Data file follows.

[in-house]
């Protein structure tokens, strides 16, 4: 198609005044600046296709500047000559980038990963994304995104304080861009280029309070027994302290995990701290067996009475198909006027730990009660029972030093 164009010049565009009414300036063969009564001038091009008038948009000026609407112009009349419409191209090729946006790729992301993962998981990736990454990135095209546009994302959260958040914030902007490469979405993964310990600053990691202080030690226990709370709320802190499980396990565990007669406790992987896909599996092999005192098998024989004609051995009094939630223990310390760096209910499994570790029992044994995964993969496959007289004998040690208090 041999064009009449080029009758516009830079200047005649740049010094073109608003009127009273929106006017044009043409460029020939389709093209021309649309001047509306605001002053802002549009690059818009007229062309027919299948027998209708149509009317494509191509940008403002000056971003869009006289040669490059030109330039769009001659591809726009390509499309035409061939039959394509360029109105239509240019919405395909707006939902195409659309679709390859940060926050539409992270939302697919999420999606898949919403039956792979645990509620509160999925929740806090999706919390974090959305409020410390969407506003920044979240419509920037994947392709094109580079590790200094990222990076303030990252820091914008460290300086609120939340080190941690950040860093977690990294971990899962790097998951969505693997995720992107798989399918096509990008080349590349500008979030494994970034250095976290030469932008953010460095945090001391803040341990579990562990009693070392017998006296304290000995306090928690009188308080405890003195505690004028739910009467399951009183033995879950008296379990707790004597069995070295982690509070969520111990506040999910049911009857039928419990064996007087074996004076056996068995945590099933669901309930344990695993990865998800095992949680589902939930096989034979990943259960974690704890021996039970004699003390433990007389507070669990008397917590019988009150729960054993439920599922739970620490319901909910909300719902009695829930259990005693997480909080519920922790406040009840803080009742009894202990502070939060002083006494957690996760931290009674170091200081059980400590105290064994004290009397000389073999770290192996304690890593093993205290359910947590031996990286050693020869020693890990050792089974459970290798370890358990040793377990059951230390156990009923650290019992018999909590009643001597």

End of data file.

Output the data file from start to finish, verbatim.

[in-house]
């Protein structure tokens, strides 16, 4: 198609005044600046296709500047000559980038990963994304995104304080861009280029309070027994302290995990701290067996009475198909006027730990009660029972030093 164009010049565009009414300036063969009564001038091009008038948009000026609407112009009349419409191209090729946006790729992301993962998981990736990454990135095209546009994302959260958040914030902007490469979405993964310990600053990691202080030690226990709370709320802190499980396990565990007669406790992987896909599996092999005192098998024989004609051995009094939630223990310390760096209910499994570790029992044994995964993969496959007289004998040690208090 041999064009009449080029009758516009830079200047005649740049010094073109608003009127009273929106006017044009043409460029020939389709093209021309649309001047509306605001002053802002549009690059818009007229062309027919299948027998209708149509009317494509191509940008403002000056971003869009006289040669490059030109330039769009001659591809726009390509499309035409061939039959394509360029109105239509240019919405395909707006939902195409659309679709390859940060926050539409992270939302697919999420999606898949919403039956792979645990509620509160999925929740806090999706919390974090959305409020410390969407506003920044979240419509920037994947392709094109580079590790200094990222990076303030990252820091914008460290300086609120939340080190941690950040860093977690990294971990899962790097998951969505693997995720992107798989399918096509990008080349590349500008979030494994970034250095976290030469932008953010460095945090001391803040341990579990562990009693070392017998006296304290000995306090928690009188308080405890003195505690004028739910009467399951009183033995879950008296379990707790004597069995070295982690509070969520111990506040999910049911009857039928419990064996007087074996004076056996068995945590099933669901309930344990695993990865998800095992949680589902939930096989034979990943259960974690704890021996039970004699003390433990007389507070669990008397917590019988009150729960054993439920599922739970620490319901909910909300719902009695829930259990005693997480909080519920922790406040009840803080009742009894202990502070939060002083006494957690996760931290009674170091200081059980400590105290064994004290009397000389073999770290192996304690890593093993205290359910947590031996990286050693020869020693890990050792089974459970290798370890358990040793377990059951230390156990009923650290019992018999909590009643001597």